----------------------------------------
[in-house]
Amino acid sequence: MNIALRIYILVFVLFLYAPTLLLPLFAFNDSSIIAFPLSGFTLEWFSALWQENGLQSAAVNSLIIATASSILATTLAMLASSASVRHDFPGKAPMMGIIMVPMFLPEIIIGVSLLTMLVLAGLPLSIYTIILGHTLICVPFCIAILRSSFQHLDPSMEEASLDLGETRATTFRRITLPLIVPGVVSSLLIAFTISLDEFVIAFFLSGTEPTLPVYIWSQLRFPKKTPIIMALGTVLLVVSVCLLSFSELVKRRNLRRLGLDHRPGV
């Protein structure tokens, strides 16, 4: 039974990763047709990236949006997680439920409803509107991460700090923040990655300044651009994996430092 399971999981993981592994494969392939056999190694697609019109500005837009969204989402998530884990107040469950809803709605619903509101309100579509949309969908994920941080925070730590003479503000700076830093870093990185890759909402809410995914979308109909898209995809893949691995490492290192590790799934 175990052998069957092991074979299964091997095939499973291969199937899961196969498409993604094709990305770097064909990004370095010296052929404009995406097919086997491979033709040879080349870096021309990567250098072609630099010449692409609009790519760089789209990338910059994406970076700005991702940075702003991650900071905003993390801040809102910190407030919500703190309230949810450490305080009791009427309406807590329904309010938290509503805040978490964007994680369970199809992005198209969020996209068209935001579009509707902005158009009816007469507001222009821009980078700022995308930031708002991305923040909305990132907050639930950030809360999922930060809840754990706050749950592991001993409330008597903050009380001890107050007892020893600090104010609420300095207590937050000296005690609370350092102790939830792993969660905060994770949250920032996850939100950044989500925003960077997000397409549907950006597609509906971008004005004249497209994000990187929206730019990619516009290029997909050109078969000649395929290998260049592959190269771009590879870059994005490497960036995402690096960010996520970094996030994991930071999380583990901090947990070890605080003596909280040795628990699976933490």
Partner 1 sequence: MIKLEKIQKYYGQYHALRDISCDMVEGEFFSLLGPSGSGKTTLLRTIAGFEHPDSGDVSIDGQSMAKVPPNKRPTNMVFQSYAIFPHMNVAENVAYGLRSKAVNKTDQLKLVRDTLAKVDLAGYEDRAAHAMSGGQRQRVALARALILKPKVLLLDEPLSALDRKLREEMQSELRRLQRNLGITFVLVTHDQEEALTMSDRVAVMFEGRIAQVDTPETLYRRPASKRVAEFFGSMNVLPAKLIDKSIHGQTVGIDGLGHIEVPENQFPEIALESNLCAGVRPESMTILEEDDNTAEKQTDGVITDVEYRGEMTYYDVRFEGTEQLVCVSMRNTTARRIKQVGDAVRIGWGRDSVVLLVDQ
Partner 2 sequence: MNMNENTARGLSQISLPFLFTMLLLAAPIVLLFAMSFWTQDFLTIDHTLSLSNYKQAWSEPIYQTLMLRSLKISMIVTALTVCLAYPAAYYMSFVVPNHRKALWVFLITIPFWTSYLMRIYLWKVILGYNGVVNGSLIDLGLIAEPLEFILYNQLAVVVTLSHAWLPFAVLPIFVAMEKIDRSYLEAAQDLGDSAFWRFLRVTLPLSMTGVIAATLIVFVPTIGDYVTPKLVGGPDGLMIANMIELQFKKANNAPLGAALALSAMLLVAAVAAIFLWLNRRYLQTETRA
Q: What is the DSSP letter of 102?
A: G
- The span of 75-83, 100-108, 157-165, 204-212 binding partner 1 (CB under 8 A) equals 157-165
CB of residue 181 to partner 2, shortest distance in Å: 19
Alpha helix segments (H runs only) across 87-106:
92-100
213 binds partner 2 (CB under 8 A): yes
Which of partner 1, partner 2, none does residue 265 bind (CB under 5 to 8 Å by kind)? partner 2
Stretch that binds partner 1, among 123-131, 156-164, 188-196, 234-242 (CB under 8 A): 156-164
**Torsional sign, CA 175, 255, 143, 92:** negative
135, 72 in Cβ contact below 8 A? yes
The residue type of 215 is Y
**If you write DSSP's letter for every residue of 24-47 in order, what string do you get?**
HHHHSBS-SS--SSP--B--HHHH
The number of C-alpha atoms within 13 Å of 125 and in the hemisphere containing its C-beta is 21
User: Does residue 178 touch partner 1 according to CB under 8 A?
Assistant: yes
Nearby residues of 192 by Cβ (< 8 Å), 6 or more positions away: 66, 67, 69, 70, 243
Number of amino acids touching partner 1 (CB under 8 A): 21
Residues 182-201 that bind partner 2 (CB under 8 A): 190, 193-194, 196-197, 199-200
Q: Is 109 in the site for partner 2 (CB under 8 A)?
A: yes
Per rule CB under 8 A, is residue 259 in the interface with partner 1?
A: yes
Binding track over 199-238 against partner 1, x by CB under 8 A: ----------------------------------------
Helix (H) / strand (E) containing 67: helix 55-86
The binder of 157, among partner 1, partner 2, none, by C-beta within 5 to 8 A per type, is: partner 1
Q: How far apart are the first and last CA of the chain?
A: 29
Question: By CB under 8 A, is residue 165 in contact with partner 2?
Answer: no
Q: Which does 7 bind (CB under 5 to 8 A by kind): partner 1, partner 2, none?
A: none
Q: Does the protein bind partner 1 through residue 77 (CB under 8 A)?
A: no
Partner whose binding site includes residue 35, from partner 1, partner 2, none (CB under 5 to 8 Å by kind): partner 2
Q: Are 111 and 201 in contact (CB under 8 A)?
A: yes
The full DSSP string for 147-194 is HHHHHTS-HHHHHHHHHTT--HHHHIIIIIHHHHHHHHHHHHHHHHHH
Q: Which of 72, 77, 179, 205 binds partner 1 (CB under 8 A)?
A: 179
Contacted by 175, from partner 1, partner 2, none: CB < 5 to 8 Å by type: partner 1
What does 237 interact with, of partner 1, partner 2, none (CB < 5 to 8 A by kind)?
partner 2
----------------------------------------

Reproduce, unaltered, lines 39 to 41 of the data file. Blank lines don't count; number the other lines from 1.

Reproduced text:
Q: Does the protein bind partner 1 through residue 77 (CB under 8 A)?
A: no
Partner whose binding site includes residue 35, from partner 1, partner 2, none (CB under 5 to 8 Å by kind): partner 2